Sunday, November 8, 2015

I Wonder if Slava is Looking for a Room-mate

Photographer: Evgenia Arbugaeva

Slava Korotki is described as the most cut-off man in the universe. Except for the  problem (for me) of the extreme northern position of his home on the edge of Russia and the Arctic, and those frightfully short winter days, I've a hankering to join him. I thought about it even as I dragged myself to Trader Joe's today and joined the literal throngs of people waiting in line to buy stuff. I imagine I could make a pretty decent matchstick house or two, maybe a castle or one of those lonely wooden towers that Van Morrison crooned of in Purple Heather. You can't go anywhere in Los Angeles, and I mean anywhere, without seeing some of the most destitute people living on the streets, under bridges, in shopping cart villages. The other day, as I pulled out of a gas station and waited at a light, I found myself staring at a man trying to light a match to the contents of a tin can. It was the first chilly morning in forever, my car sat idling. At home, a house rich in the accoutrements of 2015, the buzz of workers creating a drought-tolerant landscape, a saint who helps to tend Sophie yet is desperate for more work.  I closed my eyes and imagined myself stopping the car, stepping out, closing the door behind me and oblivious to the honks and shouts of the others, walking toward him, abiding there. City of Angels. Slava is a weatherman, and according to the woman who wrote the article, he  doesn’t have a sense of self the way most people do. It’s as if he were the wind, or the weather itself.


  1. It's tempting to want to walk away from everything, isn't it? But about ten minutes into that new life we'd all be missing our old ones.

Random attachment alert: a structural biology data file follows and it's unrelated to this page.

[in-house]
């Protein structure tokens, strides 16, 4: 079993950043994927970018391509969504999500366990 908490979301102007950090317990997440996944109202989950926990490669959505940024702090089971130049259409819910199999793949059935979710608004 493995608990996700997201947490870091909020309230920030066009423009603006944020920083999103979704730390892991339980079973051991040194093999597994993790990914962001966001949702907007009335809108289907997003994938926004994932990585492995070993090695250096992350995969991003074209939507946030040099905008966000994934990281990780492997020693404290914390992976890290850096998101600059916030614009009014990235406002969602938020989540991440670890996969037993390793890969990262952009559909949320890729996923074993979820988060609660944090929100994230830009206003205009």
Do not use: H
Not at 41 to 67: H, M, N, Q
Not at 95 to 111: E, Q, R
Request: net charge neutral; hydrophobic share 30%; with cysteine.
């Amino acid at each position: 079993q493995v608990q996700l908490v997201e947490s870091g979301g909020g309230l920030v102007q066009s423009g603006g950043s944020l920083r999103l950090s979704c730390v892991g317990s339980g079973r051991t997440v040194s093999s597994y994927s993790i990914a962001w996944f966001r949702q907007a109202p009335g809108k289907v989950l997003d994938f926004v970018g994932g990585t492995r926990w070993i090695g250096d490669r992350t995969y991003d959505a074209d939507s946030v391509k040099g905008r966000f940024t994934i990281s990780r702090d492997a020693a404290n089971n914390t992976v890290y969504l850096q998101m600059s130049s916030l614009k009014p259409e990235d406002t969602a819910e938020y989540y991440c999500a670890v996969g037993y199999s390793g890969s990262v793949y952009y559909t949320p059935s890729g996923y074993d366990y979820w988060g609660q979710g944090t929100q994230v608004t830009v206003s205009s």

2. This reminds me of Ladder of Years by Anne Tyler. When my children were all at home and needed so much from me I wanted to run away so badly. I don't want to be alone though I found out. I do like having someone to take care of it seems. But living in LA, I couldn't do that. Edmonton is much bigger than I like but it's where my work is and where Katie is, so here I stay. The big guy wants to move out to Sherwood Park which is on tenth the size and I like that but it's so white out there. That part I don't like.

    Anyway, as always, I digress.

  3. I do think that many of us could benefit from periods of time where we get to just escape to nothing, or very little. Of course, having the choice to do so makes me feel guilty in contrast to the folks who are lighting tin cans with matches because they have no other options. But perhaps if we could work out some rotation whereby we all get to experience solitude and then return to our 'normal' lives, we would live those lives with more clarity and respect. I like to think of your time at Hedgebrook a little like that. Was it?

  4. There is solitude of choice and then there is solitude without. When you look closely at each, there is pain and there is poetry, even if neither puts pen to paper.
    Thanks for turning me on to Slava.



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